Aim your chin at the ball.
When I was 15, my dad and I went to the 1973 Open Championship at Troon. I followed the winner, Tom Weiskopf, all week. What impressed me was the incredible sound he made at impact with the long irons, a crack nobody else made. To make precise contact like Weiskopf did, you cannot allow your head to drift around during the swing. He appeared to aim his chin at the ball at address and then kept it steady throughout the swing, letting it swivel slightly but never allowing it to dip. I've used that thought throughout my career.
Think direction over distance.
When I won the 1990 Masters, I don't recall missing a single green to the left or right. I missed only short or long -- a secret to playing Augusta National not all players are aware of. It all goes back to my days as a teenager at Welwyn Garden City Golf Club, in England. It had a short, narrow practice area, no more than a 7-iron shot in length to a small target green, and naturally I developed an iron game more oriented toward direction than distance. Controlling distance gets most of the emphasis these days, and I appreciate that, but the mark of a pure swing is whether you hit the ball dead on line. If you can learn to do that, your distance control will follow eventually.
Friction between the ball and clubface is what makes the ball spin, and compressing the ball is what makes it go forward. To make your short and middle iron shots sing, you need a blend of these two factors. It's a delicate balance, but one way to achieve it is to imagine the clubface being made of sandpaper, and keeping the ball squashed against that abrasive surface for as long as possible through impact. Scientifically it probably isn't possible, but still you should try. Two ways to do it, which I learned by watching Lee Trevino: Keep the clubhead moving down the target line for as long as possible, and make sure your hands are ahead of the clubhead through impact.
Mimic the best players.
After I came home from that 1973 Open, I'd play imaginary three-balls. In the "group" were Weiskopf, Johnny Miller and me. I'd copy Miller's fading ball flight and even the way he walked into the ball at address. I tried to copy the divots Weiskopf took with the long irons, which were exactly the length and width of my forefinger. Imitate the best iron players. What will emerge is a swing that is part yours, part theirs -- a winning combination.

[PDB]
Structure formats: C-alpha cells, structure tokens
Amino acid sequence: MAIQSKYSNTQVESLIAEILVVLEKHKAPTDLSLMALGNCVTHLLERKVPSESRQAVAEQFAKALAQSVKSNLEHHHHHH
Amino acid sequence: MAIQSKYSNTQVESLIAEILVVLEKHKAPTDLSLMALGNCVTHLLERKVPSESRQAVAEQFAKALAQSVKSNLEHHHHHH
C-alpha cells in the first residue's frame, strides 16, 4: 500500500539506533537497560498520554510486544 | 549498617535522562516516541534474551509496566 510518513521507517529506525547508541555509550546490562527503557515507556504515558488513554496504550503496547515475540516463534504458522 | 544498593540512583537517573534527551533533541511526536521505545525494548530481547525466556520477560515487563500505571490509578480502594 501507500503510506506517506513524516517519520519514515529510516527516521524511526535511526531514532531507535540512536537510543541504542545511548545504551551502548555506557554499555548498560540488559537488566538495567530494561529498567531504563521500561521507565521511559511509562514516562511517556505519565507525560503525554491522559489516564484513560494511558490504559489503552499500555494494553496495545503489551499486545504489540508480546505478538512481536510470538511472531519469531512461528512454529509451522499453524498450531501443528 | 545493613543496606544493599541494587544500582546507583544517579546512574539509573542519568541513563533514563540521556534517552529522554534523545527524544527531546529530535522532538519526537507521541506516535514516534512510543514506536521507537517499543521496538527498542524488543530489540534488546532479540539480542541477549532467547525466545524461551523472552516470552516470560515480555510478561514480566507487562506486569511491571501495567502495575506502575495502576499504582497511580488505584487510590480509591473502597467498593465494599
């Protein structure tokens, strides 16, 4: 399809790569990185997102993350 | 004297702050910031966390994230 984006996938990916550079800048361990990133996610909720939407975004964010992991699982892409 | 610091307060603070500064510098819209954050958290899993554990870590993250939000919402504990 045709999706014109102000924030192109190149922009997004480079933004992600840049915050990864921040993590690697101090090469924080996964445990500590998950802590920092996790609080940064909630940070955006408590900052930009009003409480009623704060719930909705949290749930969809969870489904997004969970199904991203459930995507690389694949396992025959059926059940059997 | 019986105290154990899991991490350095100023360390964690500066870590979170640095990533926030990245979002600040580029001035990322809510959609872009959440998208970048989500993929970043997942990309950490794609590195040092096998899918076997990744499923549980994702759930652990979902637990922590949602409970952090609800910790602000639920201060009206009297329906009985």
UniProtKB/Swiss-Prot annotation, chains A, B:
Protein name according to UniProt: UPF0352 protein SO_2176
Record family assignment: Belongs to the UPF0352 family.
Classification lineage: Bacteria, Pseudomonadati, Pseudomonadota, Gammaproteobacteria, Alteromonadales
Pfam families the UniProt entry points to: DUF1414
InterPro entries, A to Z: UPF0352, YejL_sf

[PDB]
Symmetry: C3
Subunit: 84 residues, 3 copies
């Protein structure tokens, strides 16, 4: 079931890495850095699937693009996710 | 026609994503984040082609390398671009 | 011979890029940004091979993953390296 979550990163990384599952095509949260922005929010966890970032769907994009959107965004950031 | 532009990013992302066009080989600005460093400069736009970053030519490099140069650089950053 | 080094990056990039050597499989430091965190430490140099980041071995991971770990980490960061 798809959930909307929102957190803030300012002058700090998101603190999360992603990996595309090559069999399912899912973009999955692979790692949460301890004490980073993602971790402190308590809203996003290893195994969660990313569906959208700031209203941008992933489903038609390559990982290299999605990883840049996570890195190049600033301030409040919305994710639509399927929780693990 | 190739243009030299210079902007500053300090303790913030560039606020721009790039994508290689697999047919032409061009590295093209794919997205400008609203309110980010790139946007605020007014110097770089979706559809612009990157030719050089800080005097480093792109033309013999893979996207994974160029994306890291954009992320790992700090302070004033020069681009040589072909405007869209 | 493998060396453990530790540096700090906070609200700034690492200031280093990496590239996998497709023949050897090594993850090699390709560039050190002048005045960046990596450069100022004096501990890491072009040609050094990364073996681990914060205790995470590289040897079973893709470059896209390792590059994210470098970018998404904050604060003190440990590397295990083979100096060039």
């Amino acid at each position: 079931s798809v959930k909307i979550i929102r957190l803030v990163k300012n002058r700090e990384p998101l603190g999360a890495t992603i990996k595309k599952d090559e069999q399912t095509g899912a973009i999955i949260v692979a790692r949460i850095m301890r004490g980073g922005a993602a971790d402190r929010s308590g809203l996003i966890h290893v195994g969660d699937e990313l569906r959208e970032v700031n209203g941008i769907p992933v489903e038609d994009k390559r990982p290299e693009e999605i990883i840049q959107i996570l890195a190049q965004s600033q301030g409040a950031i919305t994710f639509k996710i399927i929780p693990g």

Finesse the short irons.
I played with the great Billy Casper at a tournament in Kenya in the late 1970s. His play with the short irons was as good as any I've seen since. He didn't impart tremendous backspin; instead he'd make the ball land pin high and spin sideways. It was all about finesse. Never try to squeeze extra yards out of the 8-iron through sand wedge. Instead, take one club more and swing easily. You'll get almost as much spin and a lot more control.
__Practice (carefully) on the course. __
Beating balls on the range has its limitations. It's hard to tell exactly how far the ball is flying, and it doesn't behave the same landing downrange as it does landing on a green. In my prime, I loved to go out at Wentworth and Lake Nona early in the morning before anyone got there and hit four balls into every green. I'd do this from the edge of the fairway or even from the light rough, so I didn't chew up the fairways, and I fixed my ball marks. I'd try for a slightly different ball flight with each shot. This "real" type of practice will sharpen your focus and benefit you in ways beating balls on the range cannot.
Try different follow-throughs.
The height of my ability to shape the ball was at the 1992 Open at Muirfield. I curved my shots both ways and altered my distances not by varying my backswing or downswing but by my follow-through. For example, a "chicken wing" finish, in which the left arm doesn't rotate but flies off your side, will force you to keep the face slightly open through impact, producing a fade. And it's fun.
Don't overdo ball position. If you want to hit the ball high or low by adjusting your ball position, don't move the ball back or forward by more than an inch. If you were to look down at address at silhouettes of three ball positions, the circles would overlap slightly. Move the ball any more than that, and you'll have to make a lot of complicated adjustments in your swing to compensate.
You can't excel with irons if you hit up on the ball, nor should you chop down into it at a steep angle. To discover the proper approach, hit shots with a 3-iron, the ball teed up a good two inches. If you chop down into the ball, you'll hit the top of the clubface; and if you hit up on it, your ball flight will be terrible. It will teach you a sweeping-type swing, the clubhead moving very slightly downward through impact.
Never swing with more than 80 percent effort.
My first teacher, Ian Connelly, gave me a lesson I've never forgotten. He had me hit six 7-iron shots as hard as I could. He then had me hit six 7-iron shots so easily they flew only 100 yards. He then asked me to increase the distance in 10-yard increments, six swings for each. Before I knew it, I was hitting the 7-iron the original maximum-swing distance, but with hardly any effort. It proved that good rhythm, not sheer power, is what makes the ball go long -- and straight.